How To Become a Hostage Negotiator

You have probably seen a number of action movies wherein they incorporate the role of a hostage negotiator. The main idea behind being a good hostage negotiator is that you can talk your way out of any crisis situation. Many would view this as an extremely stressful job, one that requires patience, keen conversation skills and the ability to listen for what exactly it is that a hostage taker wants, in order to get him to surrender or at least let the hostages go.

  • You must have a background in law enforcement and crisis situations before even attempting to become a hostage negotiator. You will be able to draw on these trainings and experiences when the time comes to work on your hostage negotiation. 
  • Hostage negotiators are always out in the field, responding to crises and crimes on a regular basis. As a hostage negotiator, you must have the ability to appear on a hostage scene, assess the situation quickly in your head, and take stock of the pertinent facts about the hostage taker and your immediate surroundings. You must be able to think objectively and quickly, not resorting to snap judgments when people's lives are on the line.
  • You must also understand that, as a hostage negotiator, you speak as the voice for the hostages. You will literally be asked to put your life on the line for these people, because you will be reasoning with the hostage-taker and bargaining for the hostages' release. The situation is very traumatic for all involved, and you must go into the situation aiming for the ideal outcome for the hostages, without resorting to violence.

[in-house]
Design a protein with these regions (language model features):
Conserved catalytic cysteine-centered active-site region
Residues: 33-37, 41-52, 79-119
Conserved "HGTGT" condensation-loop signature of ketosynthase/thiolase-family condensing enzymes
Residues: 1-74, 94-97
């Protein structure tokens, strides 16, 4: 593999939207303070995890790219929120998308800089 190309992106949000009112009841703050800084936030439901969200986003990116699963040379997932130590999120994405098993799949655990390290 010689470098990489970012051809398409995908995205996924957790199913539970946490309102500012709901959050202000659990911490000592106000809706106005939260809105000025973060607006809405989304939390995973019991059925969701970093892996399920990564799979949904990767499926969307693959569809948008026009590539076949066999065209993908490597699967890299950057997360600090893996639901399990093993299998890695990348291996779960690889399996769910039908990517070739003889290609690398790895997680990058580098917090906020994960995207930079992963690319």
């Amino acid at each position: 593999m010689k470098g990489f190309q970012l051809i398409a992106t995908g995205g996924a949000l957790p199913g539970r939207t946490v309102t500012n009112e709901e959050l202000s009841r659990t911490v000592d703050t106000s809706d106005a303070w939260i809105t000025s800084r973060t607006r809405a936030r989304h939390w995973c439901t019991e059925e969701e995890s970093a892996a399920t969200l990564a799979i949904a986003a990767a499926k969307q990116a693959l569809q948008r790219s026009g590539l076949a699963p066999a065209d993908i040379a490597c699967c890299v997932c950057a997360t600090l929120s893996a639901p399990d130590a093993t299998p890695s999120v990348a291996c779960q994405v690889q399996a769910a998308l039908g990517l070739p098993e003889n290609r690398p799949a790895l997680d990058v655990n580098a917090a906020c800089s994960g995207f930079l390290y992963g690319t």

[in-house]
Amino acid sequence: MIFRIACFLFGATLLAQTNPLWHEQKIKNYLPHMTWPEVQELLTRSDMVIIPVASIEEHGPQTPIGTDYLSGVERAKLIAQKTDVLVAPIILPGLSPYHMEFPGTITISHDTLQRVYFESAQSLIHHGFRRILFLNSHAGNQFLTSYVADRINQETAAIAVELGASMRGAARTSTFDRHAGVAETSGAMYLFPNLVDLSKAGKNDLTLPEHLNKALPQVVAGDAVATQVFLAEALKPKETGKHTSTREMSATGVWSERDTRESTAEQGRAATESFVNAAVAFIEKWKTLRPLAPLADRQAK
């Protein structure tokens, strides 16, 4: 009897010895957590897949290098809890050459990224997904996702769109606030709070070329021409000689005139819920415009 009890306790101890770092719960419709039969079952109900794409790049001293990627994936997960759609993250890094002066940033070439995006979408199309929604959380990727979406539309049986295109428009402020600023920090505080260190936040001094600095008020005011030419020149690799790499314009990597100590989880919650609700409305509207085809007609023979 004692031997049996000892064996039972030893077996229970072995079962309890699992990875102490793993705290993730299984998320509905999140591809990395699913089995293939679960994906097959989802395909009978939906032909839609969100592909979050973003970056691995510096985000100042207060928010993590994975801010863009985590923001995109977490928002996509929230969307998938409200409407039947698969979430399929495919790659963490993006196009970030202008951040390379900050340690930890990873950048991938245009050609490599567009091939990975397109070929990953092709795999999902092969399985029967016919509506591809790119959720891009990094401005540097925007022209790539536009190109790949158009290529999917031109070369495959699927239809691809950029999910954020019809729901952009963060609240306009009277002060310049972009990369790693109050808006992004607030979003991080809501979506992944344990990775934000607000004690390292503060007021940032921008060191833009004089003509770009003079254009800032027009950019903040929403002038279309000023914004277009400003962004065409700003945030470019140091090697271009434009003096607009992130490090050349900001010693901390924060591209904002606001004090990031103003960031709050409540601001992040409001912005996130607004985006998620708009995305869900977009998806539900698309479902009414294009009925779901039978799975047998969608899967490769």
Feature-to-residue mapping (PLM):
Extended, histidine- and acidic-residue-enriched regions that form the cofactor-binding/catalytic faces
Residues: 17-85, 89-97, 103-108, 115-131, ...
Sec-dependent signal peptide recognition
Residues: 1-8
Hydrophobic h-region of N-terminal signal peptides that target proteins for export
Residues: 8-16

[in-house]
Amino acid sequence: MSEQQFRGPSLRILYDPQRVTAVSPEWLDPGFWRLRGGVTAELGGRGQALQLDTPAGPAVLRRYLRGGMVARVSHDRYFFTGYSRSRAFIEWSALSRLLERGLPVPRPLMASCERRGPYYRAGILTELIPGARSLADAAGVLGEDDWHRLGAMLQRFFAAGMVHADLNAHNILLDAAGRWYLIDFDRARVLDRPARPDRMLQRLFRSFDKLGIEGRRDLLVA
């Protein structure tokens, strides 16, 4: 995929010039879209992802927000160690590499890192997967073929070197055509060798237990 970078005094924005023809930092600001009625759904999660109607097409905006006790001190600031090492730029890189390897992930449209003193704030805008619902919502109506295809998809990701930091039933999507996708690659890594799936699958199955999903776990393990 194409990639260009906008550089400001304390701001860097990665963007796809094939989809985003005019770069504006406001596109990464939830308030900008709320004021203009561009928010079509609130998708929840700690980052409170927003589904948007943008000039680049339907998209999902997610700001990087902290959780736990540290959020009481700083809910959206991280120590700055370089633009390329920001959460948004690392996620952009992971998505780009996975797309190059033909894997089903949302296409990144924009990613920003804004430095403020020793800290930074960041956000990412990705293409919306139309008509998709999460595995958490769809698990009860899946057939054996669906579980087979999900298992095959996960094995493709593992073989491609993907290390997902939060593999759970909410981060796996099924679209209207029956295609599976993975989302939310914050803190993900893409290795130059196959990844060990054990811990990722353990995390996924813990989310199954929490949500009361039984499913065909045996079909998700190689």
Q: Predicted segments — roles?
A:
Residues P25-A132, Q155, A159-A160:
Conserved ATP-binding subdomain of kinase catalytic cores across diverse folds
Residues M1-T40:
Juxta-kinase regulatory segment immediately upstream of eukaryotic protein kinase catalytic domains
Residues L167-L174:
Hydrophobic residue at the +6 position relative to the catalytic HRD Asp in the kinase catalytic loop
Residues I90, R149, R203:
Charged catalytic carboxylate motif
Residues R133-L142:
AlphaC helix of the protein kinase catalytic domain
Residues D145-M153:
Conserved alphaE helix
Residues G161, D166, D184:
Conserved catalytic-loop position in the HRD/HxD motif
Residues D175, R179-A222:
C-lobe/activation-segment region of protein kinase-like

• In order to keep the situation contained, learn to prolong the situation, and prolong the negotiations. The longer you can keep the hostage taker talking, the more time the hostages have to stay alive, and you are also buying time for other teams such as SWAT and Bomb Tactics to devise and execute a plan of action and rescue. You can stall for time by getting into specifics about the hostage-taker's demands. If he wants money, how much? In what denominations? In marked or unmarked bills? Ask yes or no questions that can help buy you time without him realizing it.
  • Be sure that you have no detectable hostility in your voice. Remember that you are dealing with a scared, furious hostage-taker. Approaching him on his own terms will only aggravate the situation. Always appear approachable and friendly. But learn to reason with him. Stay firm in your principles; make sure that he understands there are alternatives. You can also try to disarm the hostage taker by trying to be friends. Try to relate to what he is going through. Talk about plain subjects like his hobbies, and work on that. Try to earn his trust through simple conversation. 

Ask about the hostages constantly. If anyone is hurt, reason with the hostage taker and ask if you can bring in medical supplies for the wounded. Their safety is your primary concern; everything else falls second to the hostages' safety.


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